This Scandinavian diet created by a Danish CEO and dietitian has been hailed 'the simplest in the world'
- Danish-born Suzy Wengel, a dietitian and CEO of a Biotech company, is the author behind 'The Scandi Sense Diet.'
- Her eating plan is based on the simple principle of measuring your portions of food for each meal with handfuls.
- Each meal should consist of four handfuls - one each of protein and carbohydrates, and two of vegetables - plus a spoonful of fat.
- Wengel lost six stone in 10 months by following this diet and has kept the weight off since.
- Business Insider spoke to Wengel over email about her weight loss and 'The Scandi Sense Diet.'
When it comes to health and wellbeing, simplicity is always key - if something can fit into your daily routine and not feel like too much of a chore, you're probably more likely to stick to it.
Danish-born Suzy Wengel, a dietitian and CEO of a Biotech company, believes she has the answer to weight loss and healthy eating. In her book "The Scandi Sense Diet," she details a plan that is based on a sensical principle that has been hailed as "the simplest diet in the world."
Under the diet, each meal should consist of four handfuls of food - a handful of protein, of carbohydrate, and two of vegetables - plus a spoonful of fat.This means no calorie-counting or weighing of food portions - which can be difficult if you're on the go and impossible if you don't own a pair of kitchen scales.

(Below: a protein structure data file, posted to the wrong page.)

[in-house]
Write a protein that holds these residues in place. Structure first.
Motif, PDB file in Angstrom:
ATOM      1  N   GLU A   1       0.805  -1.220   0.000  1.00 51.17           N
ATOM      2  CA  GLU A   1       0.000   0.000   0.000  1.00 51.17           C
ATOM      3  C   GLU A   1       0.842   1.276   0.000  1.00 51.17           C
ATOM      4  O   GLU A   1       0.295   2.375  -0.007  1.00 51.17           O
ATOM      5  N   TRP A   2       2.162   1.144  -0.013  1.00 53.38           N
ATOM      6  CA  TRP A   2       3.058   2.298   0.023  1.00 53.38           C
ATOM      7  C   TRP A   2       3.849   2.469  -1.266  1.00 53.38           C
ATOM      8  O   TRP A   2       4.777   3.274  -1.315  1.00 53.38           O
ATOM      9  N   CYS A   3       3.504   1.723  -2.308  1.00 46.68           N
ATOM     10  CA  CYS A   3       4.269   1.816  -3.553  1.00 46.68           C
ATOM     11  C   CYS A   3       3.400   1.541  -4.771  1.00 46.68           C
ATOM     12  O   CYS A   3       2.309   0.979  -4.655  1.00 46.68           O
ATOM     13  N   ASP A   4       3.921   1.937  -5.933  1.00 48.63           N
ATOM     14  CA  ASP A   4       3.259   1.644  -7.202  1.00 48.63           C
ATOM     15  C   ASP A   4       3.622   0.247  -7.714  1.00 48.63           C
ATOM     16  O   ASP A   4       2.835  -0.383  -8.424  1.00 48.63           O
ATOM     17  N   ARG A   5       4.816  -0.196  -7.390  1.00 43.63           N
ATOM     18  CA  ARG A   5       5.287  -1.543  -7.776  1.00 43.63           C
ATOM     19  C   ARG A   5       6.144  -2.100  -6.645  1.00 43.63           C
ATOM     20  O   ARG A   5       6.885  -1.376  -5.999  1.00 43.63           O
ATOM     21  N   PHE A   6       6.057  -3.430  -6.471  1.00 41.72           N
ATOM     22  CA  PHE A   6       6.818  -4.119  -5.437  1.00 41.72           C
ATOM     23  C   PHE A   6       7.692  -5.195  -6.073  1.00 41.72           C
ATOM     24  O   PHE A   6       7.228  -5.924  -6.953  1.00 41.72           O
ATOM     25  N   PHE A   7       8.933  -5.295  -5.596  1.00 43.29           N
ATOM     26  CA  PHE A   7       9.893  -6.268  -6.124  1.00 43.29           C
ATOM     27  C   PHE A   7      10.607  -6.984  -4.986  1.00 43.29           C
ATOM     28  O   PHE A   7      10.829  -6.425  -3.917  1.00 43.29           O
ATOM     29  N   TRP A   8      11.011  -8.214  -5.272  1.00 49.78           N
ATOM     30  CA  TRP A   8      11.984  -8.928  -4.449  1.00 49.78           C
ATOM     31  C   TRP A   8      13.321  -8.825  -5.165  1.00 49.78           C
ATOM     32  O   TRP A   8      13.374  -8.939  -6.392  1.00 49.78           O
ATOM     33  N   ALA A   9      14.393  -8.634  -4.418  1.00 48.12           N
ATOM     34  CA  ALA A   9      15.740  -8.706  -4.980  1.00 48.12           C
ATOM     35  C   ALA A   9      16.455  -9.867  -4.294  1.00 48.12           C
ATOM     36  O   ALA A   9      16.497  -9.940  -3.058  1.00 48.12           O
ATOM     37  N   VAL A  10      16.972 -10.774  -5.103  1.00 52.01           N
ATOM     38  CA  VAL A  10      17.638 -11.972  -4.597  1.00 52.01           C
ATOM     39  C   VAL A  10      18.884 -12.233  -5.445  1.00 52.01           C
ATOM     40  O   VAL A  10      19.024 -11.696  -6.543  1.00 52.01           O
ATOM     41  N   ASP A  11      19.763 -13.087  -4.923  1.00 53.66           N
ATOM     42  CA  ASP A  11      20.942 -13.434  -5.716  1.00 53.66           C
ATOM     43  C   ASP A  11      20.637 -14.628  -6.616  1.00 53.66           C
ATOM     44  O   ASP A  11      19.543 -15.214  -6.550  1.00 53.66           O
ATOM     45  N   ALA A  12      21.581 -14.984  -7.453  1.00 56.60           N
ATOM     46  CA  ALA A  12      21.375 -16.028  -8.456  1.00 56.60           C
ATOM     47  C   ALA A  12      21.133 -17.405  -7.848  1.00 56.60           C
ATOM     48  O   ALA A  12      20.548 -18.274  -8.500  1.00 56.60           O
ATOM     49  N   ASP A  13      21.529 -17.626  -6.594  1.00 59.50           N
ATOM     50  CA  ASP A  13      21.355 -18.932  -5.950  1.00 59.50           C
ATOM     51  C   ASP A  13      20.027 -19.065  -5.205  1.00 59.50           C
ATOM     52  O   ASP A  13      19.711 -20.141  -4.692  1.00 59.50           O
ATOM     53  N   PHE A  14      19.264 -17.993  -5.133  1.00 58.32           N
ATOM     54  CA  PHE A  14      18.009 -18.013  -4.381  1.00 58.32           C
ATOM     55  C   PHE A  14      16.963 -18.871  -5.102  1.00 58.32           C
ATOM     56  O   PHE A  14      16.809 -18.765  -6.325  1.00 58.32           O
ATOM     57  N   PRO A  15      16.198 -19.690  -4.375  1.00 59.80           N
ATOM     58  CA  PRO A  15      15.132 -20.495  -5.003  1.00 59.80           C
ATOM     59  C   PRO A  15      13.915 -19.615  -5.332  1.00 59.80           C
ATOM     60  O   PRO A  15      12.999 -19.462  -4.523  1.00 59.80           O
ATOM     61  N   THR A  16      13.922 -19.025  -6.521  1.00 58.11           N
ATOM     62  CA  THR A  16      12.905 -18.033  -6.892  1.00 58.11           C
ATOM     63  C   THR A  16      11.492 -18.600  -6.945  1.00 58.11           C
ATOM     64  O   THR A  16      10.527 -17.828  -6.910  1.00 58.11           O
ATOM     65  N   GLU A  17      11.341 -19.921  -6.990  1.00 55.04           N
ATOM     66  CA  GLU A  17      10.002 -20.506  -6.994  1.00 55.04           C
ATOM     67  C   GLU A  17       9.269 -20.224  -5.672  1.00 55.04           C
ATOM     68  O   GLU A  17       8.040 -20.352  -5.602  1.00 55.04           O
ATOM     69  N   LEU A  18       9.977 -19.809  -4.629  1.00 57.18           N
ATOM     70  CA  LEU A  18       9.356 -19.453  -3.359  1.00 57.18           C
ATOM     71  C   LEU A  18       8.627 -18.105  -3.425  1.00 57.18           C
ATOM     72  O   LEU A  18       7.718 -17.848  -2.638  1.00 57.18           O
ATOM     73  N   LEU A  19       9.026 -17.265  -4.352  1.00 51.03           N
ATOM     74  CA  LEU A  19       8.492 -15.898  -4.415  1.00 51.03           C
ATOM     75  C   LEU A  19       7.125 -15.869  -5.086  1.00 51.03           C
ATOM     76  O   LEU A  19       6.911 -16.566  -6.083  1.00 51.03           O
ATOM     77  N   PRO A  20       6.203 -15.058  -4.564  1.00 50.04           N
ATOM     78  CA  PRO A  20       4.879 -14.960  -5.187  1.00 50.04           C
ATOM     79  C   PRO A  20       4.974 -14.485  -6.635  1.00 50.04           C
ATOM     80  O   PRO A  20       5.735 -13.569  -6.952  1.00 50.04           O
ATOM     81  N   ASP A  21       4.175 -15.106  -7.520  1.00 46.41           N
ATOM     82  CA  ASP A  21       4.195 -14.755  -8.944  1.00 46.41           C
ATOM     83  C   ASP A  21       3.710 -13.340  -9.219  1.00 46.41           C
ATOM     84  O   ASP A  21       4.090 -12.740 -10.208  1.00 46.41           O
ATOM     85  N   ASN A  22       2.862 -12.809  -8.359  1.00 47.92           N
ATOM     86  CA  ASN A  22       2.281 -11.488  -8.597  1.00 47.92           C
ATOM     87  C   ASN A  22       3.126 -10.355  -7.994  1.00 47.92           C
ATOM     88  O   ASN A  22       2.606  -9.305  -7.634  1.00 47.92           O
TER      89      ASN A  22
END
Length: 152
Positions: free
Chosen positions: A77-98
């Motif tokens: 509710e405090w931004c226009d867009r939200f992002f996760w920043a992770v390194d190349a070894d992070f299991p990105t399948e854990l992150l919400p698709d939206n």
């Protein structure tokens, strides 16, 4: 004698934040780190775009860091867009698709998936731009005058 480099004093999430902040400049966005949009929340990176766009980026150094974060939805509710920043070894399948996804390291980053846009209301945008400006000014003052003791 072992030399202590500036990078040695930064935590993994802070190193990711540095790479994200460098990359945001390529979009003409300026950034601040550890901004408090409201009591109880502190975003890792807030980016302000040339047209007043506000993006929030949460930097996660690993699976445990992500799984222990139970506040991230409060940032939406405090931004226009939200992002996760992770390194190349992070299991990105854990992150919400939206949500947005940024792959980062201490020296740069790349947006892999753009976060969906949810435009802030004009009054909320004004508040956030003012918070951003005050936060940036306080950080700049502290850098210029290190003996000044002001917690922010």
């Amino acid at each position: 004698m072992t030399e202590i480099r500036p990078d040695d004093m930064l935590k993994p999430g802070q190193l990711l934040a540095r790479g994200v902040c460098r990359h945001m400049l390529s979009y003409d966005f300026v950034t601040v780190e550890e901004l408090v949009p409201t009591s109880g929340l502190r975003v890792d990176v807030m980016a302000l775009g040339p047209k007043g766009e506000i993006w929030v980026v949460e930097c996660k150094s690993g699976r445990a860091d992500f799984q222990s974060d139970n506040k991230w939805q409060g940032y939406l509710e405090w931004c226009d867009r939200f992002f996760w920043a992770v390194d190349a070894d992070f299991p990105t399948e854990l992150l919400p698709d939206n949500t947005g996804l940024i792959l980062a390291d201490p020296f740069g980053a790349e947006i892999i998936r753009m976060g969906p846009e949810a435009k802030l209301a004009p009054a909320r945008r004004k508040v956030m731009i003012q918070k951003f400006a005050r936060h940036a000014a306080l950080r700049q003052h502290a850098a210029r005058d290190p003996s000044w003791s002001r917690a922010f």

39-year-old Wengel found inspiration for her book through her own personal experience. She told Business Insider that she lost 88 pounds (just over six stone) in 10 months - and, crucially, has kept it off by deploying her handful strategy at mealtimes.
"I weighed around 220 pounds (15.7 stone) when I was at my heaviest (after giving birth to my second child) and now I am around 132 pounds (9.4 stone). My weight has been stable for over six years using the principles in The Scandi Sense Diet," she said over email.
Here's a photo of Wengel before and after following her diet:
She wrote in the caption: "I repeatedly lost 44-66lb and put it back on again, gaining a little more weight each time. After seventeen years I finally stopped yo-yo dieting and #overeating.
"There is no magic behind my method and tools - just a healthy and balanced view on diet and exercise."
Following this diet, she estimates you can lose on average 0.9-1.8lb (400-800g) per week, until your desired weight is met. The handful plan will roughly translate to 1,500 calories a day for women and 2,000 for men.And the good news is you can still factor in a glass of red with your spag bol (by swapping out pasta), as well as cooking with oil and butter.
So what does a four-handful meal look like?
If you're tempted by the diet and are looking for some recipe inspiration, Wengel told Business Insider that there are over 44,000 pictures on Instagram using the hashtag #sensekost that show what meals look like under 'The Scandi Sense Diet.'
Here are some of Wengel's snaps that could work for a full day of eating - spaghetti bolognese included - along with the handful content written in each of the captions.
Handful 1-2: asparagus, green salad
Handful 3: 2 eggs, an extra egg white and a half handful of white puck cheese 17%
Handful 4: saved in favour of a little more protein
Fat: Oil to fry egg and 30g of roasted pine nuts
Seasoning: salt, pepper, chili and garlic
LunchHandful 1-2: carrot, cucumber, pepper, tomato, mushroom
Handful 3: pate, egg, a piece of bacon
Handful 4: bread
Fat: three different cheeses
All washed down with a pot of tea.
Handful 1-2: onions, chopped tomatoes from cans, cabbage
Handful 3: beef
Handful 4: saved in favour of a glass of wineFat: olive oil, cream, fat cheese
Seasoning: salt, broth, garlic, oregano, chili flakes
Wengel added that men and children should eat pasta with this meal.